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‘No sympathy’ for Chauvin, say those who had run-ins before Floyd

10/10
(C) Reuters. The trial of former police officer Derek Chauvin, in Minneapolis

2/10

By Nathan Layne

MINNEAPOLIS (Reuters) – For some of those who encountered Derek Chauvin’s policing or witnessed his use of force as an officer there is no sympathy for the man convicted of killing George Floyd.

Chauvin was the subject of at least 17 complaints during his career, according to police records, but only one led to discipline. Prosecutors sought permission to introduce eight prior use-of-force incidents, but the judge would only allow two. In the end the jury heard none.

Eric Nelson, Chauvin’s lawyer, has defended his client’s use of force as appropriate in potentially dangerous situations.

“I don’t have no sympathy for him. I think he got what he deserved,” Julian Hernandez, 38, a carpenter now working in Pennsylvania, told Reuters.

Hernandez said he never heard anything from the Minneapolis police after submitting a complaint about Chauvin, who he said “choked him out” during an encounter in a Minneapolis night club in 2015. A spokesman for the Minneapolis Police Department declined to comment.

According to Chauvin’s police report, Hernandez failed to follow orders and resisted arrest when Chauvin, who was working as an off-duty security guard, tried to escort him out of a night club. Chauvin’s report said this prompted him to apply “pressure toward his Lingual Artery” to subdue Hernandez.

Hernandez said Chauvin picked him out of the crowd for no reason and quickly escalated to violence. He said Chauvin should have been removed from the police force.

As Monroe Skinaway, 75, took in news of Chauvin’s conviction, he flashed back to the night he witnessed Chauvin pin another man to the pavement with the same detached look as when he knelt on Floyd’s neck.

It was March 2019, 15 months before Floyd’s death would spark global protests against racism and police brutality.

But Skinaway still remembers what he deemed the indifference on Chauvin’s face that night as he pressed Sir Rilee Peet’s head into a puddle deep enough that he, like Floyd, struggled to breathe.

A jury on Tuesday found Chauvin, a 19-year veteran of the Minneapolis police force, guilty of all three charges of second-degree murder, third-degree murder and manslaughter, an outcome welcomed by activists as progress in holding law enforcement accountable for its treatment of Black Americans. Chauvin is white and Floyd was Black.

“We people of color very seldom get a good verdict,” said Skinaway, who is Native American. “I’m kind of amazed.”

‘I CAN’T BREATHE, MAN’

Skinaway says he did not know Chauvin at the time he and another officer arrested Sir Rilee Peet, a young Native American man with a history of mental illness. But Skinaway later recognized him as the officer charged in Floyd’s death.

Skinaway says he was speaking with the officers about the recovery of a stolen car when Peet approached and did not comply with requests to back away. A police report about the incident states that a struggle ensued and Chauvin maced Peet, applied a neck restraint and pinned him to the ground so he could be handcuffed.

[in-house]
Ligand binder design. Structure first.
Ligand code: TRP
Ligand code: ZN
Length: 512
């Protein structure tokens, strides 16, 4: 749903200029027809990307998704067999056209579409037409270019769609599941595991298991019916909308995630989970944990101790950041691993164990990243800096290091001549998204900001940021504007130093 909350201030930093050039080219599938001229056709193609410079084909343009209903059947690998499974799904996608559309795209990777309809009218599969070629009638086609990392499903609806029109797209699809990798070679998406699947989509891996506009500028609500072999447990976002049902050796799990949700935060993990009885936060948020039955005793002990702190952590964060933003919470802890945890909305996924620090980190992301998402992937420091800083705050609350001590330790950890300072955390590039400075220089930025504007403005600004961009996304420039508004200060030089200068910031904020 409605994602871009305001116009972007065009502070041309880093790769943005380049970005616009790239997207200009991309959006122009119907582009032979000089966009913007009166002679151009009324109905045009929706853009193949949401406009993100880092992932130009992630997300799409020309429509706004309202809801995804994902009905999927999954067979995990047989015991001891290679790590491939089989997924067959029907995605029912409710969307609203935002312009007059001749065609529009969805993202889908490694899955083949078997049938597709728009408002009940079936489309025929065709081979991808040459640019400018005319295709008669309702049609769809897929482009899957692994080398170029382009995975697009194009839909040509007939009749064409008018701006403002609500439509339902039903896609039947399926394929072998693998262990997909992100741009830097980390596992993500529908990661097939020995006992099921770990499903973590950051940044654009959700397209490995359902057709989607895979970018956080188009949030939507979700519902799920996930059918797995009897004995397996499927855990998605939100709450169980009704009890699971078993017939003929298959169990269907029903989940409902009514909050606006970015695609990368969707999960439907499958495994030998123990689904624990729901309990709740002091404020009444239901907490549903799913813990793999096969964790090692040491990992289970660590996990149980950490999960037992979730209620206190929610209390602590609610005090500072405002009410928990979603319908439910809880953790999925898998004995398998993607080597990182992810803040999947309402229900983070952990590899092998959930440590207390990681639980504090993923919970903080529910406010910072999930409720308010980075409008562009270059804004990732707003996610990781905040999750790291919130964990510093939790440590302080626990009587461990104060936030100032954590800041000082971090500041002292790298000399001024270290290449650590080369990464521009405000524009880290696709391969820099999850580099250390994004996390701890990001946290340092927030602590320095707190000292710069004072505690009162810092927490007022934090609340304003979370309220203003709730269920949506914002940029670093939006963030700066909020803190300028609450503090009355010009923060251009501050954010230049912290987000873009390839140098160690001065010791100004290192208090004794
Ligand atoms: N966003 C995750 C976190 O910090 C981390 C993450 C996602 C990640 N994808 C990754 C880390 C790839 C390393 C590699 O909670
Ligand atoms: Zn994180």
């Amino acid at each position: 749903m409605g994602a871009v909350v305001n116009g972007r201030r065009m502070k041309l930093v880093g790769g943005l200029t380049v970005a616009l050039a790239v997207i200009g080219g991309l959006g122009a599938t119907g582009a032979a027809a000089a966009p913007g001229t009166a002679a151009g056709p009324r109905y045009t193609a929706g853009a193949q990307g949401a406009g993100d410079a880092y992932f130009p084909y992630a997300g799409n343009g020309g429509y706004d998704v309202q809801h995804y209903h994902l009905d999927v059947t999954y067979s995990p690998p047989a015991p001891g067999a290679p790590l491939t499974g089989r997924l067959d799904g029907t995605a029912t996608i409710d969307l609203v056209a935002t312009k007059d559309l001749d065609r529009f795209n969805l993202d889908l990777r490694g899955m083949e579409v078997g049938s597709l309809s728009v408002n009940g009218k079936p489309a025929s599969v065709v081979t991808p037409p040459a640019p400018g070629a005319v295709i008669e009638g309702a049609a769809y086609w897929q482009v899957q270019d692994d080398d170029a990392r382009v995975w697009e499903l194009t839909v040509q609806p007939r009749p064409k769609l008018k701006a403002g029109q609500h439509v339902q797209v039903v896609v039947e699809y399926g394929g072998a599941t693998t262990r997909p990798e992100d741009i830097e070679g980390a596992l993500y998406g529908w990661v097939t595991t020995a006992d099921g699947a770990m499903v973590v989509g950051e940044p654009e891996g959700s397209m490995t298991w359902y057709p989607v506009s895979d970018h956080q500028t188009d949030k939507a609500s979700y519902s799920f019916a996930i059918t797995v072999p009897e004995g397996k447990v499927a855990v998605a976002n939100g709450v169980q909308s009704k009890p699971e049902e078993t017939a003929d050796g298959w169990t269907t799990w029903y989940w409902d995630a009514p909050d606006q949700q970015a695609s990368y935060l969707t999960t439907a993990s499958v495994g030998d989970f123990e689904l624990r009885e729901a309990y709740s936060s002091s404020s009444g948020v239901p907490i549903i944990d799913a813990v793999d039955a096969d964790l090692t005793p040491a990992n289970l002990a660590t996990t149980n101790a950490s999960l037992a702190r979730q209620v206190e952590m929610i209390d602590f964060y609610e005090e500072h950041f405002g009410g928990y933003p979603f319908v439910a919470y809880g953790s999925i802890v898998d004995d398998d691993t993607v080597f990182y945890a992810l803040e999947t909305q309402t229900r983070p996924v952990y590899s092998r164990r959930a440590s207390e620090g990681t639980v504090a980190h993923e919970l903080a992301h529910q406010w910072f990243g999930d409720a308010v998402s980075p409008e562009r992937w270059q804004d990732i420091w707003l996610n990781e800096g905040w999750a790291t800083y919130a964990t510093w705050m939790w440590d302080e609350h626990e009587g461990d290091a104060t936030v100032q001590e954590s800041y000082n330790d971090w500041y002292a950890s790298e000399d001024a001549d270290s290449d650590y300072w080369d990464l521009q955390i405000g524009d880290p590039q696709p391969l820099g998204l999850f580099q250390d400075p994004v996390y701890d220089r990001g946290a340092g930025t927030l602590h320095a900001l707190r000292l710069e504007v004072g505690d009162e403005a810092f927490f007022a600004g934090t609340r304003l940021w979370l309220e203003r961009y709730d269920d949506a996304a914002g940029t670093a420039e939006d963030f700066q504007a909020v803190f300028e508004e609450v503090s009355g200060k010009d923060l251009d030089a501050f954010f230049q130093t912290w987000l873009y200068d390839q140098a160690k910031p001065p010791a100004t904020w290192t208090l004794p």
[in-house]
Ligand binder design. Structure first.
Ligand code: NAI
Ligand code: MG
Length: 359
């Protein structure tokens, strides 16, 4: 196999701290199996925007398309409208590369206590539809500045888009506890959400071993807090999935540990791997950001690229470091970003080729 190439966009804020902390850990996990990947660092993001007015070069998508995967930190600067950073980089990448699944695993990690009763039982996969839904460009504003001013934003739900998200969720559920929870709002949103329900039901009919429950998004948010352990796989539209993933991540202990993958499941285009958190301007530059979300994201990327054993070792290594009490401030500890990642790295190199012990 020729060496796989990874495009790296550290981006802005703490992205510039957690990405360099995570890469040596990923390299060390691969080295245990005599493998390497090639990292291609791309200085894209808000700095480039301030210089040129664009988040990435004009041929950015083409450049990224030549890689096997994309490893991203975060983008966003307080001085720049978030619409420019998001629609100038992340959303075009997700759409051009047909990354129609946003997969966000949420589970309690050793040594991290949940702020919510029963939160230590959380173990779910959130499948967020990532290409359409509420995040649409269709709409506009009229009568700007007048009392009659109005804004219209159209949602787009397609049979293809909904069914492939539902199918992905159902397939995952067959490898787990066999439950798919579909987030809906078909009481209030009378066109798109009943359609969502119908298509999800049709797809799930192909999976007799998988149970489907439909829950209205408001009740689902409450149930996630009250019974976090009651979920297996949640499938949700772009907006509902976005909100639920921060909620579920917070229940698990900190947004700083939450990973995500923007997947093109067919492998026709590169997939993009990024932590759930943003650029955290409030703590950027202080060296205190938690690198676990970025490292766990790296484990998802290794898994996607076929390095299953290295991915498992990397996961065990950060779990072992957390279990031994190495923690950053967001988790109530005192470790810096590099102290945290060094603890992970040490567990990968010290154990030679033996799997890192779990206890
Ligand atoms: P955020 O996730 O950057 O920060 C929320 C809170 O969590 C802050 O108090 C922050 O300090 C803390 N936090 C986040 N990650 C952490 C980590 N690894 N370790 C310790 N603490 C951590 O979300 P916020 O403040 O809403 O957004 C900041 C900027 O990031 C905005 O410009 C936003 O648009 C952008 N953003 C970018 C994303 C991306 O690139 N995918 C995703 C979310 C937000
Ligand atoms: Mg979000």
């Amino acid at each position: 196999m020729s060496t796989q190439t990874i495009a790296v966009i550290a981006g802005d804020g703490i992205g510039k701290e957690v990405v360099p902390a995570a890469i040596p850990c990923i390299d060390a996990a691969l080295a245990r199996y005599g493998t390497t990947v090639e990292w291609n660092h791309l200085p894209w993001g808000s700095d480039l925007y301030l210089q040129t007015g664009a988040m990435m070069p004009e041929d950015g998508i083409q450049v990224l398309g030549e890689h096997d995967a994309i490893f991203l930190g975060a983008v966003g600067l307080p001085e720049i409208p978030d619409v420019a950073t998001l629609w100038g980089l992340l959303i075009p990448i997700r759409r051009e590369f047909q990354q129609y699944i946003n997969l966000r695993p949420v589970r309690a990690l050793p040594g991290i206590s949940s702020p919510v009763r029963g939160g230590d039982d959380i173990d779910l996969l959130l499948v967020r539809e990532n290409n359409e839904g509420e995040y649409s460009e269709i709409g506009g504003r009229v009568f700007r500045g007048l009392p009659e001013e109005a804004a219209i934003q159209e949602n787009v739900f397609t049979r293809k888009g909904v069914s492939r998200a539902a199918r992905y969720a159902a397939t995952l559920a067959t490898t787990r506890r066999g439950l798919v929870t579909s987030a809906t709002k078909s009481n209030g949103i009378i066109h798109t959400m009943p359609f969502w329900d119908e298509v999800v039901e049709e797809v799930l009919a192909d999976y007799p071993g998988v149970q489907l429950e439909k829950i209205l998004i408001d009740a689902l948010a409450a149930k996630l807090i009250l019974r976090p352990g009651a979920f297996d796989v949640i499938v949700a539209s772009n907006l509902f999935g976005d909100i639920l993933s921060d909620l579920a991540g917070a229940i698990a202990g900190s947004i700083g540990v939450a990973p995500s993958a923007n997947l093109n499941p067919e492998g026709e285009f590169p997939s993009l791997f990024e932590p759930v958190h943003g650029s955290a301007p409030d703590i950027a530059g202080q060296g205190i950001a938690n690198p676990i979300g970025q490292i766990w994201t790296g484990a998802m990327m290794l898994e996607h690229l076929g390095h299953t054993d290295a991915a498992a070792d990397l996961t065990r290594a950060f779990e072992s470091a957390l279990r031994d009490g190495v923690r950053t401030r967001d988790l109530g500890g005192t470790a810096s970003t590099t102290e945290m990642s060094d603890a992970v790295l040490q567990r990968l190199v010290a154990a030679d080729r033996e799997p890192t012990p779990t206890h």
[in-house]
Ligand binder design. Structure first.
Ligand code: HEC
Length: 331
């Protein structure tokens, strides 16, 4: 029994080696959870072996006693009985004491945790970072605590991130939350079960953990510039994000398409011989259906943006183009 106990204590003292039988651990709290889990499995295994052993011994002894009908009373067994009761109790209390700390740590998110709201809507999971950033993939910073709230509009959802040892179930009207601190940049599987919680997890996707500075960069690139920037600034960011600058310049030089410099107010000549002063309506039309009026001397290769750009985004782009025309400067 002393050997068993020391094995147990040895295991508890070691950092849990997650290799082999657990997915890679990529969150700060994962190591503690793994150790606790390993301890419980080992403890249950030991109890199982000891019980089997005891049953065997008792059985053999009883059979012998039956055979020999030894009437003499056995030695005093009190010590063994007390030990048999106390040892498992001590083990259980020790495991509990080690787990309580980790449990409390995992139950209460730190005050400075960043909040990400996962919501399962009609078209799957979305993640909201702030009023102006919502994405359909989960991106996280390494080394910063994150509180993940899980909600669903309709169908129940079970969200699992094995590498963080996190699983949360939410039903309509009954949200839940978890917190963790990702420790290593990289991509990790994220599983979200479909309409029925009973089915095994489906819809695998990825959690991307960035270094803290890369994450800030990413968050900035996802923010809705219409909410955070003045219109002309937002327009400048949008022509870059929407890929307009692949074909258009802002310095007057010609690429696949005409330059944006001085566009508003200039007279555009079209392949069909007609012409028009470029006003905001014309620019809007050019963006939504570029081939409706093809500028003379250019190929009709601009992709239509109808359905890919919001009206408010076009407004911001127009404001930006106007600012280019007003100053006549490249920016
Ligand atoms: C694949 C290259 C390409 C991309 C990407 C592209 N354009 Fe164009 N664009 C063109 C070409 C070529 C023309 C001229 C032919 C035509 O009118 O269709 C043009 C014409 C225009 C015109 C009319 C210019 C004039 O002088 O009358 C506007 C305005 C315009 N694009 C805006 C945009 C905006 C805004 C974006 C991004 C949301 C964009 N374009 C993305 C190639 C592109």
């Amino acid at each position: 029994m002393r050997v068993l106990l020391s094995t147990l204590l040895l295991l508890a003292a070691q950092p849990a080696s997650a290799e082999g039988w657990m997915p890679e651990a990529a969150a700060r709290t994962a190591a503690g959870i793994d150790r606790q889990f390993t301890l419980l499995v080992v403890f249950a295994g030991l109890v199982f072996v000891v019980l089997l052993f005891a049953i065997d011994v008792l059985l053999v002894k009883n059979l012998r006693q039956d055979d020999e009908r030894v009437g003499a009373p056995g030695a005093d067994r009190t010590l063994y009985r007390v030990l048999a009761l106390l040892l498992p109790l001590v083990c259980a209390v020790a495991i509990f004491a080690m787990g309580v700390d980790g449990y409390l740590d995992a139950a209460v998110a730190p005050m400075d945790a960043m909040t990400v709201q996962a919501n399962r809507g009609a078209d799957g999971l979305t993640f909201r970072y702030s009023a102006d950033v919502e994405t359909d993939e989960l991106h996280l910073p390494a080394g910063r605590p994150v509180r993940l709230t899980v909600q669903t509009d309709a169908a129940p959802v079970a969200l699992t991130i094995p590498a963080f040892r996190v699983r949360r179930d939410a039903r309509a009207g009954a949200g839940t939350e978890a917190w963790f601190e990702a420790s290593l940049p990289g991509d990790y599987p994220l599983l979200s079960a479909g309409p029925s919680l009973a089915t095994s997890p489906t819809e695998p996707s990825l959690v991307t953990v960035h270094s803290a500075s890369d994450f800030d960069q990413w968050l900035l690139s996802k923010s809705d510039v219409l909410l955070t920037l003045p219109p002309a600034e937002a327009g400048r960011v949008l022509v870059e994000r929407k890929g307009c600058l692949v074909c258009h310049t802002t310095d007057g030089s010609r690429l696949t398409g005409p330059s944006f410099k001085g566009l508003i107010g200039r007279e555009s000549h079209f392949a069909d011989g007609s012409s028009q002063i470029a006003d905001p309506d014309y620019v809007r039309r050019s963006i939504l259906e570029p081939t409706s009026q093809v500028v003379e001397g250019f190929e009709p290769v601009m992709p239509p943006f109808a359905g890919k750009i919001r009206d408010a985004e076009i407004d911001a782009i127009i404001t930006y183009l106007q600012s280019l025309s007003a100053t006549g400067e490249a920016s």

The incident was one of the six prior use-of-force incidents that Judge Peter Cahill blocked prosecutors from presenting at trial, ruling they would be prejudicial.

In court filings, prosecutors said Chauvin restrained Peet in a manner that was beyond what was necessary or reasonable – an assertion also made by Skinaway in interviews with Reuters.

Skinaway says Chauvin grabbed Peet by the back of his hair and pressed his face into a rain puddle. That began a cycle where Peet would gasp for air and say “I can’t breathe, man” before Chauvin would force his head down again.

Skinaway said he saw similarities between Chauvin’s treatment of Peet and Floyd.

“He basically did the same thing to that Native kid,” Skinaway said. “I think the incident would have gone longer possibly if the ambulance didn’t show up.”

Peet, who was arrested for disorderly conduct and obstruction of the legal process, could not be reached for comment. Earlier this year Peet told the Marshall Project he did not recall the incident. It was not clear what happened to the charges against him.

Jimmy Bostic, who ended up in the hospital after a scuffle with Chauvin and other officers in April 2016, said he was “ecstatic” when he heard the verdict, seeing it as a sign that police officers, too, could be held accountable.

According to a police report, Bostic was refusing to leave a store and threatening to spit on its owner. As the situation escalated, Chauvin wrote in the report that he “closed distance with” Bostic and “secured his neck/head area with my hands.”

Bostic, who is currently in prison on an unrelated burglary conviction, said he struggled to breathe after the encounter and was taken to the hospital due to an asthma attack.

“George Floyd could have very well been Jimmy Bostic Jr,” the 23-year-old said in an interview after the verdict. “I’m just happy that there was an example set today.”

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